Friday, 24 June 2011
Old Boilers Like it Hot
Even deep purple romantics need boilers. Today was the annual service day. There is something about the smell of fuel oil - like airports and cross channel ferries. With no gas mains in rural France many folk have huge tanks of diesel fuel in their garden or garage. If you're thinking of moving to France be sure to consider winter heating costs. Last February we burned our way through about 150 Euros in a week.
When the young man had finished his toil I went to pay him by cheque. Oh dear - no cheque book to be found. After a couple of shrugs it was settled that I could pop over to see le patron at his house when I could, or he could call back when he was nearby or maybe one day something would resolve the matter. Does this sound like corporate thrusting? Money matters here, but never at the expense of etiquette. Recently I have begun to notice a ramping up of big biz rudeness - (Orange France please note), but generally commerce is conducted amongst trusting partners. I do not exaggerate when I say that I feel that I am once again living in the times of my childhood before the rage of greed and madness tore us all apart and created a mob of competing strangers playing video shooting games.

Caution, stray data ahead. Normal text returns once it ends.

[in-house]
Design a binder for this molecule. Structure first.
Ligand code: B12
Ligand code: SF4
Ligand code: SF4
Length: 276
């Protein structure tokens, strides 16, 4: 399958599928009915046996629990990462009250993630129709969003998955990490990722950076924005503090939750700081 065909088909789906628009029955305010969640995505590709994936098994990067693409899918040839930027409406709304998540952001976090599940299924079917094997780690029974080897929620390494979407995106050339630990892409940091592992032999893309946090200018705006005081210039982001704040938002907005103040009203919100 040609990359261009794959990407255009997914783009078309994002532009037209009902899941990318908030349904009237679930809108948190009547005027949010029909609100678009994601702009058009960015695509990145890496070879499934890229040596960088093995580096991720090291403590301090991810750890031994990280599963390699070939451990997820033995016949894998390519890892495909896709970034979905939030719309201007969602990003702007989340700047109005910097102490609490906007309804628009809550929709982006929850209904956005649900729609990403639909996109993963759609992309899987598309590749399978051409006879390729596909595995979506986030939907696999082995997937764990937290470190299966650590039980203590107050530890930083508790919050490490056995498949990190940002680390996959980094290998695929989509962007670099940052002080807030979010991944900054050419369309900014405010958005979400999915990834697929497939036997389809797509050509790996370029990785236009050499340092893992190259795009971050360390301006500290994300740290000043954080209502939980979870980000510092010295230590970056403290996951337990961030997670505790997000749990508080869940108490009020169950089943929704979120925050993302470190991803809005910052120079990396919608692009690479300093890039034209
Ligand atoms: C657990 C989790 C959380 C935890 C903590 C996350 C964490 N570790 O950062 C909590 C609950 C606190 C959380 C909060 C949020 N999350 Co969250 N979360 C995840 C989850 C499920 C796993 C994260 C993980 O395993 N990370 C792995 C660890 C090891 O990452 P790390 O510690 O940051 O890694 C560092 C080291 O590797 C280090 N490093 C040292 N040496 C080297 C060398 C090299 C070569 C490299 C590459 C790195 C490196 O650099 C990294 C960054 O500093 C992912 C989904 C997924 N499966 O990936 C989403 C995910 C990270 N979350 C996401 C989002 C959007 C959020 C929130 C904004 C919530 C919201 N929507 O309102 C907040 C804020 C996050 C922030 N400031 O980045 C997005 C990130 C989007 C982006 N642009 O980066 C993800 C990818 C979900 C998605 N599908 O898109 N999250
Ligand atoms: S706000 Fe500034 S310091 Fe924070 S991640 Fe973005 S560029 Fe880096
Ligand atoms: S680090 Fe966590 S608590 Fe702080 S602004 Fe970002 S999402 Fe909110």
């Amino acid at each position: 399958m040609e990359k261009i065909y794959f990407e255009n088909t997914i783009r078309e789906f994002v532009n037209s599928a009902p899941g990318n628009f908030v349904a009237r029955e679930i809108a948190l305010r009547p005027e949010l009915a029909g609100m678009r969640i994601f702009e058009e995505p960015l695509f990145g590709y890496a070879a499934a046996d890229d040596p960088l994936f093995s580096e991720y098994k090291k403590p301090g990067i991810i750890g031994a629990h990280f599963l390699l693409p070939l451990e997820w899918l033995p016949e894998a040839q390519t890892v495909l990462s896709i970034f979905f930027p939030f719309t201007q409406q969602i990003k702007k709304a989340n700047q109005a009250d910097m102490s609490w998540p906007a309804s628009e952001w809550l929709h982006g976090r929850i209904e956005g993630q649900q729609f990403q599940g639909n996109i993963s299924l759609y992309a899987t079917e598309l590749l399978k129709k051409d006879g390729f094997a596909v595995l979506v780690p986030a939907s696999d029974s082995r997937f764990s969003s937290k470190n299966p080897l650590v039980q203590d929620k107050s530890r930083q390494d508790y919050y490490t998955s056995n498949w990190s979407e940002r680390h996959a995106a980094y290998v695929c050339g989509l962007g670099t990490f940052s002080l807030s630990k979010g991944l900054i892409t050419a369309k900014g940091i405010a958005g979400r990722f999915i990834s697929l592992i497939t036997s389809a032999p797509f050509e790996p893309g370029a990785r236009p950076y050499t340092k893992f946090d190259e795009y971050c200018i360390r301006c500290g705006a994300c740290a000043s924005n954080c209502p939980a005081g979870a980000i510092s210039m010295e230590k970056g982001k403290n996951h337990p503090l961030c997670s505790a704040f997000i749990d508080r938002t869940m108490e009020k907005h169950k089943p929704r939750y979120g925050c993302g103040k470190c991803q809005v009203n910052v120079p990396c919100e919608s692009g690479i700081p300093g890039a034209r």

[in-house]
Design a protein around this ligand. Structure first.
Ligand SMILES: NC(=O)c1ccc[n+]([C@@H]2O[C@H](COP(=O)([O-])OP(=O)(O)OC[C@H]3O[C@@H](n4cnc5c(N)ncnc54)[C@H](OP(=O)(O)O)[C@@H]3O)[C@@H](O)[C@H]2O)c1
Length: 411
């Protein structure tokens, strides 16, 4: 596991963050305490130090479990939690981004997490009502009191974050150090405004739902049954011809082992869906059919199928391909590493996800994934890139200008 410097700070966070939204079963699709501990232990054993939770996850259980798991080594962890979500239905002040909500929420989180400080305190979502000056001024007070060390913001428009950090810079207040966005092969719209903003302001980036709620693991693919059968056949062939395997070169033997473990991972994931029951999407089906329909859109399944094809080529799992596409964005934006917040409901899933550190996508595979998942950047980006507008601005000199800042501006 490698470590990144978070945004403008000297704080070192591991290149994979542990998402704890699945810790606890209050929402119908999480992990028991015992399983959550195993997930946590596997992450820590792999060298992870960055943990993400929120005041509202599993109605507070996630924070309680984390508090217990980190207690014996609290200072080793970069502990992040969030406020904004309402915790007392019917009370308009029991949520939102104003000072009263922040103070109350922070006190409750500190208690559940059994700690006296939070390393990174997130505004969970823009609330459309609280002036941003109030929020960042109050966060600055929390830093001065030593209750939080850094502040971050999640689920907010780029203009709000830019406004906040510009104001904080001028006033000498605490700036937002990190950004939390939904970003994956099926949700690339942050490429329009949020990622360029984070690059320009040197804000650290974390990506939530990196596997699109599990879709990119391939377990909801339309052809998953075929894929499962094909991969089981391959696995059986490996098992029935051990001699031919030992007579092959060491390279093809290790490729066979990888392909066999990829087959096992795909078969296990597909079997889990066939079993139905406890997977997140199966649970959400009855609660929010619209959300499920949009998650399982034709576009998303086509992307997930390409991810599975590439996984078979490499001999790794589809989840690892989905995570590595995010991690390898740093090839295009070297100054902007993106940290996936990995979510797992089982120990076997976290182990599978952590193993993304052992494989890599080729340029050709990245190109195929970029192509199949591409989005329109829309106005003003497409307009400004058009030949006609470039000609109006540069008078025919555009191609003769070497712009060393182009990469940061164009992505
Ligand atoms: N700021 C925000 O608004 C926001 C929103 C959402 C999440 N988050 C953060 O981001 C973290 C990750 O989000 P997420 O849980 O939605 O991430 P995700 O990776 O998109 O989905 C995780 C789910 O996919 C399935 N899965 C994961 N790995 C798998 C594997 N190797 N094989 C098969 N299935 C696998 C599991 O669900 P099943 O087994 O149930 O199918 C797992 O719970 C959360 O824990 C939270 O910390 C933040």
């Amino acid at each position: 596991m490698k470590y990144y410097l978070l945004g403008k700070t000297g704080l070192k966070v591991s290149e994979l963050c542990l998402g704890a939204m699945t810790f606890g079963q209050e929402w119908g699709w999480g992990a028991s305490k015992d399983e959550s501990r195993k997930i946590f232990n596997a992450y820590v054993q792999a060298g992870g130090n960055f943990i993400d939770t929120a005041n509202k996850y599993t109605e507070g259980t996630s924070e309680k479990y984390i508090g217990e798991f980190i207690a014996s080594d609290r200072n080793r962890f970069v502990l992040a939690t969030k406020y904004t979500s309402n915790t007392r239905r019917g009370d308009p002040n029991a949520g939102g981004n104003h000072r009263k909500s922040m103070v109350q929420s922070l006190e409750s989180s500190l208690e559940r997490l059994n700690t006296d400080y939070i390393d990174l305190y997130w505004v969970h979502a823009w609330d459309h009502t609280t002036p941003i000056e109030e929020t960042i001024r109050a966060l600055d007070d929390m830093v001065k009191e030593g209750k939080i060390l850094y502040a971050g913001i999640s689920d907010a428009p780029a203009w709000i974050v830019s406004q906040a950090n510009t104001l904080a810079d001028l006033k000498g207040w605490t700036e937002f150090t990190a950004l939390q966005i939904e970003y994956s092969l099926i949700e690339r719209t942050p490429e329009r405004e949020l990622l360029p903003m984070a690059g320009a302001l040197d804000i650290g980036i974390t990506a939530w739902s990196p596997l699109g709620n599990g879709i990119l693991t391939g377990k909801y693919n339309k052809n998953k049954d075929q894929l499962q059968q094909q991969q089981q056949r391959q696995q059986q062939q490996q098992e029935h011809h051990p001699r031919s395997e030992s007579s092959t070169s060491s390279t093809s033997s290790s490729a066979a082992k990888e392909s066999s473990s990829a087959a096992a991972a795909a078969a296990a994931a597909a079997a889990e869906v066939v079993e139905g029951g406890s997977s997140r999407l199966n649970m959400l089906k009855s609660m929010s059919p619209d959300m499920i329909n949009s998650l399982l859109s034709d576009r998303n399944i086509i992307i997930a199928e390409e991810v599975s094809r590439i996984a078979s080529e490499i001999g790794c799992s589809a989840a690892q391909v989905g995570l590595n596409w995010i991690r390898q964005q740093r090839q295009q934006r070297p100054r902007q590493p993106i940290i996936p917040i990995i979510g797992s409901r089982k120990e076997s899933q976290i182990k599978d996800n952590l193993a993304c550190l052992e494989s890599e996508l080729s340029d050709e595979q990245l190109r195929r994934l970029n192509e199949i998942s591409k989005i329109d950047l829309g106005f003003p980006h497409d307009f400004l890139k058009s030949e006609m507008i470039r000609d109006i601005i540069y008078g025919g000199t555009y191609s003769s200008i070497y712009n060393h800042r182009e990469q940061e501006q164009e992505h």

So - le patron can be found easily - it is the house with blue shutters. Where? Well - it's in a place without streets called "Lieu dit Les Benons". Now, according to Gilles, "Lieu dit" translates as "a place calling itself." So, anxious to clear the debt, out came the bikes and we set off to find the patron. Tradition here demands that shutters may be any colour you choose as long as it's pale blue or pale green or perhaps pale grey/cream for real rebels. Shall I bore you with the rest......Let's just say that we got home by dark.
A quick comment on on a comeback story. Thanks to e-publishing I believe that the novella is making a comeback. I had started to think that some publishers thought that paperbacks were sold by weight. Great Favorites of mine such as "Breakfast at Tiffany's" (56,000), "Animal Farm"(44,000) and "Bonjour Tristesse"(35,000?) are novellas all being well short of a Harlequin romance. So today I chanced upon a novella by an American writer Barbara Mack called "Dreaming of You". I wolfed it down in an hour and enjoyed its good old fashioned passion and what I call human juice. When someone writes with texture - you can feel it. Check her out here